I was petting one of my cats the other day and enjoying how much he was appreciating the attention. He was purring loudly, rubbing up against me, and making it very clear that he loved the love. I was equally happy sharing the moment with him.
The thought then occurred to me how different it would be, how less pleasurable it would be, to pet him and love him if he didn’t respond so appreciatively. If I pet my cats and they were indifferent, if they didn’t purr, I would get far less pleasure out of loving them.
Of course this is true of my human friends too and caused me to wonder, if it is “in giving that we receive,” perhaps what we receive is that satisfaction of helping another to feel loved.
This thought leads to what it is like to love when the object of the love shows no appreciation or satisfaction or pleasure or response. We can probably all relate this to someone we have showered affection on only to be met with a lack of enthusiasm. On the flip side, one of my cats was so needy of my attention that I nicknamed her “the appendage” as she wouldn’t leave me alone. This is equally unappealing and we’ve all known people like that as well. For some, it seems no matter how much time, love, and attention we give, it is simply not enough. In my experience, the hole that is trying to be filled with the attention of another is a hole that can only be filled with self-love and god-love.
Of course, we can see these behaviors in others—the lack of appreciation and the over-zealous neediness—but have we stopped to consider when we are the ones who are not responding? Have we pondered if we are trying to get someone else to fill a need only we can satisfy ourselves? Have we stopped to wonder what it is like for others to love us?
So, I invite you to ponder what it is like to be loved by you and what it is like to love you.
Imagine what it is like for someone to ask you out. Imagine what it is like to share a meal with you. Imagine what it is like to wake up with you. What is it like to make love with you … or to want to? What is it like to give you a gift? What is it like to be sick around you? What is it like to drive in a car with you? To share a home? What is it like to co-parent with you? What is it like to be your child? Your teenager? Your parents? Your siblings? Your neighbor? Your spouse? Extend that awareness to beyond your close loved ones: What it is like to serve you in a restaurant? What is it like to live on the streets you drive down? (Do you pass peacefully or are you disrespectful or completely oblivious to your impact?) See if you can spend just one day in awareness of your impact and your response to those around you.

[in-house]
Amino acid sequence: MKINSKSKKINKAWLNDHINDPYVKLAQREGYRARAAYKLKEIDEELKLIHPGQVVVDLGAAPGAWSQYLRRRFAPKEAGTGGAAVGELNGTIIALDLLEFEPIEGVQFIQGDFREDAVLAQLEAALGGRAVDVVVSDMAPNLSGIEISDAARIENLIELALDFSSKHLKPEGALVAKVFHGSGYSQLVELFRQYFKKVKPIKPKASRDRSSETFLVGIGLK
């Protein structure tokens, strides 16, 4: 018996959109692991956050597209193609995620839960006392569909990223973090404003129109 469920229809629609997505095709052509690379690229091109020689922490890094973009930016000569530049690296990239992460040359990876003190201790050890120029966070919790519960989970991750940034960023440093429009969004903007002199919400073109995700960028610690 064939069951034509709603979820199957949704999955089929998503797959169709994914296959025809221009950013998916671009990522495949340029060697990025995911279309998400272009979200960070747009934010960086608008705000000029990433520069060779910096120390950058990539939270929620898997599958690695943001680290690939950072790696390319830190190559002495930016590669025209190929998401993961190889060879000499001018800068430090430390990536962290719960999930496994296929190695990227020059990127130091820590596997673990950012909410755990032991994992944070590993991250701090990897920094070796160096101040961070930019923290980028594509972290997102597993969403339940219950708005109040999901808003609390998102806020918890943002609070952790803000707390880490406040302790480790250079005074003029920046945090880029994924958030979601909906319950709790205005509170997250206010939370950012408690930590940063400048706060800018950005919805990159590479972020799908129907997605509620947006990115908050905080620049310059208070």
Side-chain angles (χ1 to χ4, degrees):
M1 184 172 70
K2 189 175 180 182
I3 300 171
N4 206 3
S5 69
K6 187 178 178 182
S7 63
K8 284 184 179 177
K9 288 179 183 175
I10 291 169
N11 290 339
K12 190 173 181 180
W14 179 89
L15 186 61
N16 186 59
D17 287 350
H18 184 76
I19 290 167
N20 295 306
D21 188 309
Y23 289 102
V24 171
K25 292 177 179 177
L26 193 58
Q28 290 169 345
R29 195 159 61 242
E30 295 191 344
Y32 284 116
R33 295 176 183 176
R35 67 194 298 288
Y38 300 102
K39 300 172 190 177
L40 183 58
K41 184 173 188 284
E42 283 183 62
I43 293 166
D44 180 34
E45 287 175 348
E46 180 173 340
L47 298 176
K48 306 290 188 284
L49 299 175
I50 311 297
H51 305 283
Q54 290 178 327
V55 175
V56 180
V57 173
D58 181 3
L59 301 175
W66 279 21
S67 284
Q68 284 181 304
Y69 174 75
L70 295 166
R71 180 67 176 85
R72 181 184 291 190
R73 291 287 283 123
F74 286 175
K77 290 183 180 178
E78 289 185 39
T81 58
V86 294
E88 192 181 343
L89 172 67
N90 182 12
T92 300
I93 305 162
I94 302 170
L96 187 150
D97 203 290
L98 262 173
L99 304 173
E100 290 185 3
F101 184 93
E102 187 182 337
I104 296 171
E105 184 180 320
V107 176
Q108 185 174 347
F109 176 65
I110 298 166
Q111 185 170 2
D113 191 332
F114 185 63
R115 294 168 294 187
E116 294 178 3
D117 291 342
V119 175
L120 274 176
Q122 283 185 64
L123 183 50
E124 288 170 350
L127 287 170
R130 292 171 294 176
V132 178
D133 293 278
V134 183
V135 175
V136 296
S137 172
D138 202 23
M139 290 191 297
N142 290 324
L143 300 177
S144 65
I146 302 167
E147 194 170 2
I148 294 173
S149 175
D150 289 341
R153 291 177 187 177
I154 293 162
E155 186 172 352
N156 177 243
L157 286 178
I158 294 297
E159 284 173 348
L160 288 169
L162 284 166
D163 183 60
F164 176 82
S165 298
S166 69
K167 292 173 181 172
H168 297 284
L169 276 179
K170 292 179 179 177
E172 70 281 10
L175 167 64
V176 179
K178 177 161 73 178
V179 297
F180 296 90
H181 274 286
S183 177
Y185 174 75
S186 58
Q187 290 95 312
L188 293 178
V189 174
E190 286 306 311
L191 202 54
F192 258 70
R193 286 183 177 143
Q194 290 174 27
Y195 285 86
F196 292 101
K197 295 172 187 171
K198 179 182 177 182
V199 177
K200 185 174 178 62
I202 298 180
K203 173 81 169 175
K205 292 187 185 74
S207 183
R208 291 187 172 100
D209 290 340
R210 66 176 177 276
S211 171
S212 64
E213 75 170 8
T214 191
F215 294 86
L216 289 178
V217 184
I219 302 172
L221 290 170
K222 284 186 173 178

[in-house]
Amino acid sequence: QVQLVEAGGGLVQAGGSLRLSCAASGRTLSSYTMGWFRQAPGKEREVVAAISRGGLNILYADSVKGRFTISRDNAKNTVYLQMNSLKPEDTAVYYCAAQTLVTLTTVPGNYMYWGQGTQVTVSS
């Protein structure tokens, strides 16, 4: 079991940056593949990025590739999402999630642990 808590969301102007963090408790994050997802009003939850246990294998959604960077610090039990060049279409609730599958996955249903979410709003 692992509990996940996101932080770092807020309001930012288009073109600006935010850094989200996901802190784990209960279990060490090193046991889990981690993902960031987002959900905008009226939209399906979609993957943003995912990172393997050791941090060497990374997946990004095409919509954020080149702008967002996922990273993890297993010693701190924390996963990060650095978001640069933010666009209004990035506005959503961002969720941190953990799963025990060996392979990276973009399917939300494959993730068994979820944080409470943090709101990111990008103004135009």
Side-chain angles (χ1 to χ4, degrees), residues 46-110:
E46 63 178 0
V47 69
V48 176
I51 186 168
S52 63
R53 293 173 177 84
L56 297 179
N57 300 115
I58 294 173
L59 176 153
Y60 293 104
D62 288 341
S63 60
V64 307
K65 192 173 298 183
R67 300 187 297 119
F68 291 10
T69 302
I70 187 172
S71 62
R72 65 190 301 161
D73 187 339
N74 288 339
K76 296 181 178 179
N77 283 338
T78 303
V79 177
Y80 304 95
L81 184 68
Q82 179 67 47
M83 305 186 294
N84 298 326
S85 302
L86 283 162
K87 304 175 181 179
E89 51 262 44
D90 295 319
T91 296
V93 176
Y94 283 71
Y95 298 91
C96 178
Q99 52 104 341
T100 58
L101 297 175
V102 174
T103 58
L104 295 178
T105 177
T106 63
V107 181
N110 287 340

This is an excellent meditation; this high level of self-observation will bring about some self-awareness. Self-awareness affords you the opportunity to determine whether the way you are showing up in your relationships is serving you (and them), or not. You then have the opportunity to make new choices (if you so desire) and this makes you powerful.
Intellectual Foreplay Question of the Week: What is it like to love you?
Love Tip of the Week: In this time of economic uncertainty, our relationships will become ever more important. However, our level of skill and awareness must also increase in order meet the demand.